In late 2000, VServers had been acquired by HostPro, and HostPro acquired Interland and many many other hosting companies. My job turned from doing direct customer support to working on integration projects for these many companies. Initially, I worked on the integration of the VServers technical support into the Interland support model, and revision of the Interland support model to be more flexible in its ability to provide high-volume, low-turnaround time technical support via web tickets and telephone calls. To accomplish this, we moved into a tiered-support model with core skill sets. We had to abandon the concept we’d had at VServers that any given support representative would be able to solve any given customer issue. Instead, we worked on the concept that a high percentage of technical support requests could be handled quickly by a representative with a particular skill focus. Just as an example, we would have an e-mail support team. This team would be able to handle roughly 80% of e-mail related technical support requests if they were able to reset passwords, create and delete accounts and forwarding rules, and walk clients through configuring their email client to send and receive email through our servers. Issues that fell outside of those core skills could be escalated to a team with a broader skill set. By following this tiered and skills-based approach, we were able to decrease the time it took to resolve simple issues while at the same time decreasing the per-account cost to provide technical support.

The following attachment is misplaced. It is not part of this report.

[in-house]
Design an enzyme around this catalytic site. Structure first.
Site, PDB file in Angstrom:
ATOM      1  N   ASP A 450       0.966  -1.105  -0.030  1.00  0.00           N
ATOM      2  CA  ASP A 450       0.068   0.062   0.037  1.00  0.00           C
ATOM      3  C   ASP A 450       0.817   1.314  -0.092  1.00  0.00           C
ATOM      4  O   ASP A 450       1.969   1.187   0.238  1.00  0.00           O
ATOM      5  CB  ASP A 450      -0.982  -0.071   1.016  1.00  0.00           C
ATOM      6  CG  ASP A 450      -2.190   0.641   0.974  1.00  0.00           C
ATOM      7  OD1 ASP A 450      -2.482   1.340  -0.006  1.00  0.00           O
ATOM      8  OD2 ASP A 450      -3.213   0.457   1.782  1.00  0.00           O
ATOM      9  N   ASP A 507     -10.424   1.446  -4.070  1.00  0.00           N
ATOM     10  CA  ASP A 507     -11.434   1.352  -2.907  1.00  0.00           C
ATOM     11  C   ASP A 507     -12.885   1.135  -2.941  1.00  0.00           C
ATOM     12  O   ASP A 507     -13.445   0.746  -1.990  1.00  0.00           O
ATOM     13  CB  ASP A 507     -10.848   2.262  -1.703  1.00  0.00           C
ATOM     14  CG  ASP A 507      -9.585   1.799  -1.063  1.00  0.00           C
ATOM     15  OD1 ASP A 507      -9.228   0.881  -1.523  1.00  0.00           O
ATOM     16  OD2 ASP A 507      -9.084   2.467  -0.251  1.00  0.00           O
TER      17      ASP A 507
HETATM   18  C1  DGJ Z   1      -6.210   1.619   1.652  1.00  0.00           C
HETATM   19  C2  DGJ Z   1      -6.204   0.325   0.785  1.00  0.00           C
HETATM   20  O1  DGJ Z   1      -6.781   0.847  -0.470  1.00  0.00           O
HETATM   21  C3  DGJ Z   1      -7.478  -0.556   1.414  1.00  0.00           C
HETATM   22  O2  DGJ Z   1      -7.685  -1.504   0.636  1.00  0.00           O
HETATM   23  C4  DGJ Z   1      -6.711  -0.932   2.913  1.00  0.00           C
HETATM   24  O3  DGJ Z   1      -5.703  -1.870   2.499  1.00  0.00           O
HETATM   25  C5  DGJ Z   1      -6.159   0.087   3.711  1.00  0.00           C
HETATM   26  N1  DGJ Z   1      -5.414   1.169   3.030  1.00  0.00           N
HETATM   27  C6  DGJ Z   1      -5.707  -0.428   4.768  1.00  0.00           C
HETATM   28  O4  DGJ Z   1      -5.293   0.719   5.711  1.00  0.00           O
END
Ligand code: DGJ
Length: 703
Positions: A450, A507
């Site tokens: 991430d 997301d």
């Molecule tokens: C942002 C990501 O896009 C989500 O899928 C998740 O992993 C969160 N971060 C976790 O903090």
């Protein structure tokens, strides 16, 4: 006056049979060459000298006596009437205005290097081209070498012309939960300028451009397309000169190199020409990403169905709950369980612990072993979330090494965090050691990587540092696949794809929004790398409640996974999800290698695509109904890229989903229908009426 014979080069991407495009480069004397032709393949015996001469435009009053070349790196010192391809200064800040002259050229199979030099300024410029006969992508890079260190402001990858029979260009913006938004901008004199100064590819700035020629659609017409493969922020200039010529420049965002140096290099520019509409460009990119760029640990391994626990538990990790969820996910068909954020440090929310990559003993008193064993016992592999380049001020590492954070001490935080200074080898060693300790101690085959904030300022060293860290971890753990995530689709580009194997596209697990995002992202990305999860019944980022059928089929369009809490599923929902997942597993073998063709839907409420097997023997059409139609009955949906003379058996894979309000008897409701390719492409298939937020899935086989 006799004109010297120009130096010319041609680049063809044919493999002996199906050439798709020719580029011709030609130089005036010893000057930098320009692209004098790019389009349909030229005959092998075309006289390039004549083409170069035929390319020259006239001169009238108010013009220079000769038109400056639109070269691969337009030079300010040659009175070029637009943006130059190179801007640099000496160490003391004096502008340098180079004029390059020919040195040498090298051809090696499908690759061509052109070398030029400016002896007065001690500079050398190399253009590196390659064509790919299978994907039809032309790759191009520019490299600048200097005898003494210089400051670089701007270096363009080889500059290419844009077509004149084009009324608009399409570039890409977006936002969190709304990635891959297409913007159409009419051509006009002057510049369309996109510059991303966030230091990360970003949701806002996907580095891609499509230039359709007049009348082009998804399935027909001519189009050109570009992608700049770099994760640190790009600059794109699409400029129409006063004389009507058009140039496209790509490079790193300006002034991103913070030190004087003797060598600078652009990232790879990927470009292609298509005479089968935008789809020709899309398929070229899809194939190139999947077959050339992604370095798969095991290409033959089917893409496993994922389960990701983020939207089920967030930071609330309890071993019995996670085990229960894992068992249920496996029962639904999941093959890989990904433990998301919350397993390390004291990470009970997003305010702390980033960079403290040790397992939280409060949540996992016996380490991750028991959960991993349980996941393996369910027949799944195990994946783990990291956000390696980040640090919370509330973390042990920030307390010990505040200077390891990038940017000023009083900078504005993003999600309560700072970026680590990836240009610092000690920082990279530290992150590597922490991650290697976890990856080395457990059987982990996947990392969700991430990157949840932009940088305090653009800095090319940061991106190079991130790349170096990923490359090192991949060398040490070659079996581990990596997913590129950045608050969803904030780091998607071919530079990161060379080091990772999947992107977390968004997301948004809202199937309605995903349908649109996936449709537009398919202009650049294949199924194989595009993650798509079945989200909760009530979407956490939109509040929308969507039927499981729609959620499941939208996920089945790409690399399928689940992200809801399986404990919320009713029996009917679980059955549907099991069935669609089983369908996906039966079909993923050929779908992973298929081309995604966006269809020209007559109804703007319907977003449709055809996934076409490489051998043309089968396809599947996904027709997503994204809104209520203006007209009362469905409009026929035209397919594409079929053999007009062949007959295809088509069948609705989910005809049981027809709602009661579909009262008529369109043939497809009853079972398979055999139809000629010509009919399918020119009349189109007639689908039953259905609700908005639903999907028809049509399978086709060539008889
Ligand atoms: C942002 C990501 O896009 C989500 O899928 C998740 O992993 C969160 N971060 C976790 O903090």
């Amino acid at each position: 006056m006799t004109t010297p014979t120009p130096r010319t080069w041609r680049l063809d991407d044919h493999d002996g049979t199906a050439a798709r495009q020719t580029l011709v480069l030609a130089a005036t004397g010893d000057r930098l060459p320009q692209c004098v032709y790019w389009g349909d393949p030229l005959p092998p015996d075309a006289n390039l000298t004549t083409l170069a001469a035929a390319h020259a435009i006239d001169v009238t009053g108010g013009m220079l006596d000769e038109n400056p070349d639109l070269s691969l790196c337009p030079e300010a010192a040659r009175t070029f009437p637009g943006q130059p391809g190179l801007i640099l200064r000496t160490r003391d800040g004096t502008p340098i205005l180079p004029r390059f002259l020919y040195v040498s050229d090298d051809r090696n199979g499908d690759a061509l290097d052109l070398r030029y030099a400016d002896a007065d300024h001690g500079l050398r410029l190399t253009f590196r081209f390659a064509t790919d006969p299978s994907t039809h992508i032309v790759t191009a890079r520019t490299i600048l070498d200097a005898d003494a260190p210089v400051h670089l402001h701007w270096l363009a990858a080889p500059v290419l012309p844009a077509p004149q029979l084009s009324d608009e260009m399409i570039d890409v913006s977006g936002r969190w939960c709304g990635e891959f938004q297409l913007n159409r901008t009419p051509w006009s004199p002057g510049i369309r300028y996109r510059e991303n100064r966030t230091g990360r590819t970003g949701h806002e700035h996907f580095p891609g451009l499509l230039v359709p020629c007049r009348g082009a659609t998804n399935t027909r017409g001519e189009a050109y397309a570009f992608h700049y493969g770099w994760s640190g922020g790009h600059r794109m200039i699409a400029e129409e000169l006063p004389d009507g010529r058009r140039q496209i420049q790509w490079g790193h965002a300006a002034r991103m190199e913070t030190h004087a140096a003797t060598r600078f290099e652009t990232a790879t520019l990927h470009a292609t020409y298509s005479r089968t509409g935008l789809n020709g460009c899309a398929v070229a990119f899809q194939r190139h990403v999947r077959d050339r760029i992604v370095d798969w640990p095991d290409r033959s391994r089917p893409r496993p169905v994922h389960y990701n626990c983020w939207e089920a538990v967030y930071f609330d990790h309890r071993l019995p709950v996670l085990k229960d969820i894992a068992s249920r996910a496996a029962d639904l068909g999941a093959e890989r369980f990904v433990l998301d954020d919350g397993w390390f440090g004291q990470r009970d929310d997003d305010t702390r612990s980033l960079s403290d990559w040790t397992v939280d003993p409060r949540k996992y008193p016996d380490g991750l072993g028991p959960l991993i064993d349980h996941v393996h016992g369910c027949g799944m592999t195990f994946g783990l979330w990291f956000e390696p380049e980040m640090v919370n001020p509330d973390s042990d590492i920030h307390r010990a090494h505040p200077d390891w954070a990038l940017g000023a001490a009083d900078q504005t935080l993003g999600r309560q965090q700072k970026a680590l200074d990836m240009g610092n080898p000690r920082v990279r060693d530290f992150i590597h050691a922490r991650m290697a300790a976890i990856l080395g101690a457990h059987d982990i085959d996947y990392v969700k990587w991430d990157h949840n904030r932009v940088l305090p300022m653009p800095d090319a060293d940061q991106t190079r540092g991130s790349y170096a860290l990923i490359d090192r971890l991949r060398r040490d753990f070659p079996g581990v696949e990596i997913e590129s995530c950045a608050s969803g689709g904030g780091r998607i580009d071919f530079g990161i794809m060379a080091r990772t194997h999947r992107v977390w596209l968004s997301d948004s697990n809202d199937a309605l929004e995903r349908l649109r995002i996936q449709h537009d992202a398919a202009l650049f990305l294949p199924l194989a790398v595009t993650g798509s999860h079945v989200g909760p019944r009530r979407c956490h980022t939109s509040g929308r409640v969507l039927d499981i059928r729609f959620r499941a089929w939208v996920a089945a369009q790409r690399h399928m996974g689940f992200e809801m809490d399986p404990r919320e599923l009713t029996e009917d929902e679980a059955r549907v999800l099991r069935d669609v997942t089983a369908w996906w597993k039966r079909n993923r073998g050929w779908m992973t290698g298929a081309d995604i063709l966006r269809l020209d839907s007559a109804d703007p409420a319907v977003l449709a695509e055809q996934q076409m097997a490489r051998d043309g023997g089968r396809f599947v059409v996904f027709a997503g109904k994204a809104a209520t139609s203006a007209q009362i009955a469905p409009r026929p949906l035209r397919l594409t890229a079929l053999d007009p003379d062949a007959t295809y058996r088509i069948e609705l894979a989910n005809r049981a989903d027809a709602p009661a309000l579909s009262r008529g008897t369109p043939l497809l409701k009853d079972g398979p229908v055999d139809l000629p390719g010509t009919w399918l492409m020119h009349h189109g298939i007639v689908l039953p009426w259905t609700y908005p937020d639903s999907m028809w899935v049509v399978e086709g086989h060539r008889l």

After that initial integration, I would work with each company that we had acquired and spend my time learning all about the technical support model that any given company had used (typically spending at least a few days functioning as a support representative myself). Then, I would map out what skills were required to do technical support, what the typical customer experience was currently like, and where the gaps or additions would be if we moved that technical support into the new tiered/skills based model. Most often, these companies had been using a model similar to the VServers model that I was used to, where each agent was expert on any issue that a customer might experience, and customers would only have to identify whether their issue was related to billing or technical support before being routed to a person who could handle their request. Most often, my analysis of the situation was similar – customers would be frustrated by the need to navigate multiple menus in a phone tree before being connected to a real person, and would be further frustrated that they would not be able to speak directly with a person who could solve their most complex problems. On the positive side, they would in many cases find that their simple requests could be solved much more quickly.